Guides to Use of Medical Literature

In analyzing the results of a published medical study, you must have confidence that the results of the study are valid - i.e. that they conclusions follow directly from the observations - and that you understand the results of a treatment.   A short synopsis of two articles on medical studies published in the Journal of the American Medical Society (JAMA) is given below.  The two articles are:

Are the results of the study valid?:     Do the results represent an unbiased estimate of a treatment's positive effects or of a potential toxic effect of exposure or have they been influenced in some systematic fashion to lead to a false conclusion?  Several factors must be considered?

A.  Where there clearly identified comparison groups (experimental vs. control) that were similar with respect to important determinants of Outcomes other than the one of interest - i.e. the dependent variable?   Three kinds of trials have been used in such assessments:

  1. Randomized Control Trials (RCT) - An experiment in which patients are assigned in a random fashion to the experimental group (i.e.   given a treatment of unknown efficacy) or control groups (i.e. for a treatment study, given a placebo or standard therapy).  RCT are rarely used for harm studies.   The power of RCT stems from the fact that patients are randomly selected which raises the probability that experimental and control groups are identical except for the experimental treatment. 
  2. Cohort Studies - Used when it is impossible or unethical to perform a RCT.  In this study the investigators identifies two groups of people:  one using a particular treatment or exposed to a potentially harmful agent and another not using the treatment or not exposed.  The participants are followed to determine difference in effects of treatment or exposure to harm with time.  An example would be to select men (or women)  exposed to toxins in a given industry and assess the health status of their children.  Alternatively, cohort studies can be done when the outcome is infrequent.  Since the people in the study are not randomly picked (since they pick themselves or are picked by doctors), members of the exposed group may be different in other characteristics  from the control.  Investigators must show that the groups are similar (except with respect to the dependent variable) or use statistics to adjust for any differences.  (For example, a study for GI bleeding in people who take non-steroidal anti-inflammatory drugs (NSAID) (like tylenol, advil, aspirin) should be controlled for age, since increased age as well as increased use of NSAID are associated with GI bleeding.)  Even then other confounding variables might be associated with the effect, such as if illness for which people use NSAID might cause GI bleeding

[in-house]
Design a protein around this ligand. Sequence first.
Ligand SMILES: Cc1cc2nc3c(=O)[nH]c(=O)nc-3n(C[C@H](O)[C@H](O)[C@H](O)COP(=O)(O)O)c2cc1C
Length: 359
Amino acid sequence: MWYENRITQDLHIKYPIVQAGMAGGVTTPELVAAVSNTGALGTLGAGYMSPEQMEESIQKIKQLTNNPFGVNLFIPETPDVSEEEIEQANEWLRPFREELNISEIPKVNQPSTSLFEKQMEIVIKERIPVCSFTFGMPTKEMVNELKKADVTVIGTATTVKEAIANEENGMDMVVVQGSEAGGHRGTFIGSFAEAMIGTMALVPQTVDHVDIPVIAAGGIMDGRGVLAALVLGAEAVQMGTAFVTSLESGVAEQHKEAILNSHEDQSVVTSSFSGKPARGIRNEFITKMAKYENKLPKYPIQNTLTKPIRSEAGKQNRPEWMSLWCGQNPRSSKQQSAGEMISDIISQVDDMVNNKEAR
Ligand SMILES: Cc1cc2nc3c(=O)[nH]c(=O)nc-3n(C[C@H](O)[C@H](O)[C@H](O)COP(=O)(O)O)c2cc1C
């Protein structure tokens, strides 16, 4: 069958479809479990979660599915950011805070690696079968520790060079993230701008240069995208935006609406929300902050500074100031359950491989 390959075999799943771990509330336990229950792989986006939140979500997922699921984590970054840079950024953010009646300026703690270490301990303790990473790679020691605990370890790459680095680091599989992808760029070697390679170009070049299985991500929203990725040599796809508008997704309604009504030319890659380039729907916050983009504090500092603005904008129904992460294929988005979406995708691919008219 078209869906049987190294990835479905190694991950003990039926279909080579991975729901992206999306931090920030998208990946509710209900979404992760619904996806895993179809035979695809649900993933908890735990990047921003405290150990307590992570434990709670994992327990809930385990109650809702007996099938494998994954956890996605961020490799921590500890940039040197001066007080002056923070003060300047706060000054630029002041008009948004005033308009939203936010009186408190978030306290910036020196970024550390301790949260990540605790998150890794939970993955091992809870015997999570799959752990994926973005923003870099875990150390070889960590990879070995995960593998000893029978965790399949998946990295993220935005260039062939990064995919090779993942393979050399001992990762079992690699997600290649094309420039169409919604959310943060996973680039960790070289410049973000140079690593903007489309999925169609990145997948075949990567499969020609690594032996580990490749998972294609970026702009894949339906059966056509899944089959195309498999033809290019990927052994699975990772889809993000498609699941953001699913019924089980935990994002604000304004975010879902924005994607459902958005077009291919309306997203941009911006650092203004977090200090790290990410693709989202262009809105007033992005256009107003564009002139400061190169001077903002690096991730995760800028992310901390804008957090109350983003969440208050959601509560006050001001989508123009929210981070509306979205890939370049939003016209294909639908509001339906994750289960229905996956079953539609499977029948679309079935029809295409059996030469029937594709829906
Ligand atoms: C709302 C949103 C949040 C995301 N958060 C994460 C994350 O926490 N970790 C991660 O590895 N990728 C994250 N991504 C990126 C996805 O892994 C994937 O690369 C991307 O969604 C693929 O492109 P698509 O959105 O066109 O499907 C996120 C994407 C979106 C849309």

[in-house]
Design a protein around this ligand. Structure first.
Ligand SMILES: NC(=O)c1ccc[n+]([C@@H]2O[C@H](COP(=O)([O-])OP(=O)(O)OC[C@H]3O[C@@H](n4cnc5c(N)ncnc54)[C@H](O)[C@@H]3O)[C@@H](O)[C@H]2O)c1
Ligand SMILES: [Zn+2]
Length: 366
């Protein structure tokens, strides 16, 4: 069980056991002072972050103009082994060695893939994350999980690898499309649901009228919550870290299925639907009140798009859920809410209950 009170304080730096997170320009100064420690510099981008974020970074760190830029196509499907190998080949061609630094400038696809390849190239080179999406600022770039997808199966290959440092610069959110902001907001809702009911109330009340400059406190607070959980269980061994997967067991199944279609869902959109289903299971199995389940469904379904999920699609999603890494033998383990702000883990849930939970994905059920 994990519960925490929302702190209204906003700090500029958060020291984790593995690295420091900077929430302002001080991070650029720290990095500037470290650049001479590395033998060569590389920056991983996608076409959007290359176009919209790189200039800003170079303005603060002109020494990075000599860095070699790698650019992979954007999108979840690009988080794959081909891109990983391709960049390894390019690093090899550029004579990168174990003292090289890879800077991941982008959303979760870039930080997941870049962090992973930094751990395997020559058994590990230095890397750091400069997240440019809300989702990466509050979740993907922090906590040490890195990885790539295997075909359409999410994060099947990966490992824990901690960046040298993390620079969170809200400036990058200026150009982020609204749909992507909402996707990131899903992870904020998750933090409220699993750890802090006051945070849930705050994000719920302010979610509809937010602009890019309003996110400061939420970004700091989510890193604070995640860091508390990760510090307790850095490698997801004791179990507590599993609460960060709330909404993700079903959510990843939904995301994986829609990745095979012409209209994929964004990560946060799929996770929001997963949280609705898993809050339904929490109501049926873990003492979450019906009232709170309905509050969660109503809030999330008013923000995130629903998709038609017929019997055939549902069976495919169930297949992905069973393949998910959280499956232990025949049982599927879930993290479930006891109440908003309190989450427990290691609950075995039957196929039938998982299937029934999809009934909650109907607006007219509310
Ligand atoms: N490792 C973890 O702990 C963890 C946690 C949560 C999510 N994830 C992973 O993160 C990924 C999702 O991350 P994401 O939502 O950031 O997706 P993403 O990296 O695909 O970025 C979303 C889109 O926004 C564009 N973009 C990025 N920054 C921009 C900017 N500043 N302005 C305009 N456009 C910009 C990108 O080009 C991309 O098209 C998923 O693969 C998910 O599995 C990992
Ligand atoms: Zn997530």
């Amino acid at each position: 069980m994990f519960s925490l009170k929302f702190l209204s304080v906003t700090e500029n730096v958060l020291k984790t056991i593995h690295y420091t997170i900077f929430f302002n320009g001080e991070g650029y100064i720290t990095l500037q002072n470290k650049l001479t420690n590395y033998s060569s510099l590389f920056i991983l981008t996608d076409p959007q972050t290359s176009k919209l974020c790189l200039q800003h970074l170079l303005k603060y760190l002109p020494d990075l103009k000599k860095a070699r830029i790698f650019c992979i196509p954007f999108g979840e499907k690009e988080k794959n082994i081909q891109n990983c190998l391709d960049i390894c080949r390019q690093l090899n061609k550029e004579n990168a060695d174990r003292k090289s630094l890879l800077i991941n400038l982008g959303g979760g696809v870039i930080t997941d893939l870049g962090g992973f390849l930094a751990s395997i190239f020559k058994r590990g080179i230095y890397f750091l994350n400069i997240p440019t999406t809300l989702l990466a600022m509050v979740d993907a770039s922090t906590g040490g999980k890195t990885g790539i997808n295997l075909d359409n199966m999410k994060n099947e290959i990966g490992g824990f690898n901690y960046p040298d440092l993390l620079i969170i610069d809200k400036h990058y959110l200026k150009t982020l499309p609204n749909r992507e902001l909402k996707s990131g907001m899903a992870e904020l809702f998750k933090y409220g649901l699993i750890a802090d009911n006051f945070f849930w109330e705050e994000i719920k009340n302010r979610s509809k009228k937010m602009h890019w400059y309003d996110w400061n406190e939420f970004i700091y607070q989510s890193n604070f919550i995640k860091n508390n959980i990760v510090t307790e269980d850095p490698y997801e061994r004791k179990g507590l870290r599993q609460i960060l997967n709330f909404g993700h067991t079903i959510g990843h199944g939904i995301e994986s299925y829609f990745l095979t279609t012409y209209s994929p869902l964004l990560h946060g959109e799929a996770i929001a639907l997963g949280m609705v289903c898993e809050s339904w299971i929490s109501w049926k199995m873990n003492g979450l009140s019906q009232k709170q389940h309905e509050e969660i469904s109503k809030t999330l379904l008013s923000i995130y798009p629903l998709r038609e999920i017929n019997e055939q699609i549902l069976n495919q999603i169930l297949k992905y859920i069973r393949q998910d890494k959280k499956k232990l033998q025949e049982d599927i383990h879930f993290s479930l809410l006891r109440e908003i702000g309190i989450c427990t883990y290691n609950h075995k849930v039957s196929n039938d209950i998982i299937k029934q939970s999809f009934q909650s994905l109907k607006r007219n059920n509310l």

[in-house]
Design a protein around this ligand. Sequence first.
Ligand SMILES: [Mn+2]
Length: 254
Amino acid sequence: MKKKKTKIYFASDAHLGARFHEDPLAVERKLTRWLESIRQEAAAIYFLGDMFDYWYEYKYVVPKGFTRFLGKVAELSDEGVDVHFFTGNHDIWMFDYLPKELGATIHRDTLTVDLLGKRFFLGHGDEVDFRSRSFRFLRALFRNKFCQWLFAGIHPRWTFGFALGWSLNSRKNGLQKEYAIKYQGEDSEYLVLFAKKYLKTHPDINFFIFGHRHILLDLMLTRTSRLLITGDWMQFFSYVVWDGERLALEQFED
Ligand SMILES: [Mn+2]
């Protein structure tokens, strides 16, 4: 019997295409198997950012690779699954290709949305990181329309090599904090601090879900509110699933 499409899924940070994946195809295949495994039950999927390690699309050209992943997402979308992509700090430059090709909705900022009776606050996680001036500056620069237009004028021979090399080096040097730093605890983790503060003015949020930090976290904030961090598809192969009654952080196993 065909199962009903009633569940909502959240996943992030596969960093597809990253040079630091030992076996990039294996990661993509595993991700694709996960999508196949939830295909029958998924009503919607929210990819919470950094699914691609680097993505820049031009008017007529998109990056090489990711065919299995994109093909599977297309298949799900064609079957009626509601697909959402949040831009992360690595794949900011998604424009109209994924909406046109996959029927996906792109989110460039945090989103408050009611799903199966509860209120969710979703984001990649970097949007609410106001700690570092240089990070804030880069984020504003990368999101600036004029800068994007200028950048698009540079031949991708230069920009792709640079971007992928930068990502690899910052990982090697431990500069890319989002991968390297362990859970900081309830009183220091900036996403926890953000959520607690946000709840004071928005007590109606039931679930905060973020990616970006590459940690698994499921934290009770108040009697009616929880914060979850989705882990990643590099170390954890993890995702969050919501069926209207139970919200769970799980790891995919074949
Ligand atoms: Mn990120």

3. Case Control - Used if outcome very rare or takes long to develop.  Investigators select people  with specific outcome and then chooses controls without that outcome but as similar in other ways to experiment group (ex:  identical in age, sex, weight, etc). then ascertain past exposure to therapy or toxins in both groups.  (For example, show association between DES intake by pregnant women and development of cancer in their daughters. 
  4. Case Reports - Do not use control groups and are merely descriptive. (not a trial)

B.  Were the exposures to potentially toxic agent and the outcomes (of RCT and cohort studies)  measured the same in both experimental and control groups?  For example, in a case control study, when asked about prior exposure to solvents, patients in the experimental group (with leukemia) might be more likely to recall and report previous exposure because of greater motivation (recall bias) or greater probing by an interviewer (interviewer bias).   Exposures to potentially toxic agents should also be for a similar length.   In a cohort study, a three-fold increase risk of cancer in radiation workers might be explained by a physician who was aware of the risk doing a more thorough assessment of the patient which might detect disease earlier or disease that would ordinarily go undetected (surveillance bias). 

C. Were the patients available for follow-up for a sufficiently long enough period of time?  If patients are not available for follow-up, the validity of the study might be compromised since that that remain available might have different prognosis than those who aren't available. 

D. Were patients analyzed in the groups to which they were randomized?  If someone in a experimental group taking a drug become noncompliant and don't take the medication, they should not be excluded from the analyses.   Often these patients fared worse.  Excluding them (while leaving similar patients in the control group) leaves behind those who might have gotten better, and removes the unbiased nature of the RCT. 

E.  Were patients, clinicians, and study personnel "blind" to treatment?  If a patient knows they are on a new therapy, they will have an opinion about its efficacy, as will the practitioner and others involved in the study.  The opinions can systematically distort aspects of the treatment, reporting of outcomes, and introduce bias of the medical personal into the assessment of the treatment efficacy.  Best way to avoid is performing a double-blind study (for drug studies, using a placebo  for the control group and target drug for the experimental group).


You should be able to differentiate among these methods, and understand the nature of blind and control studies, as well as the various biases.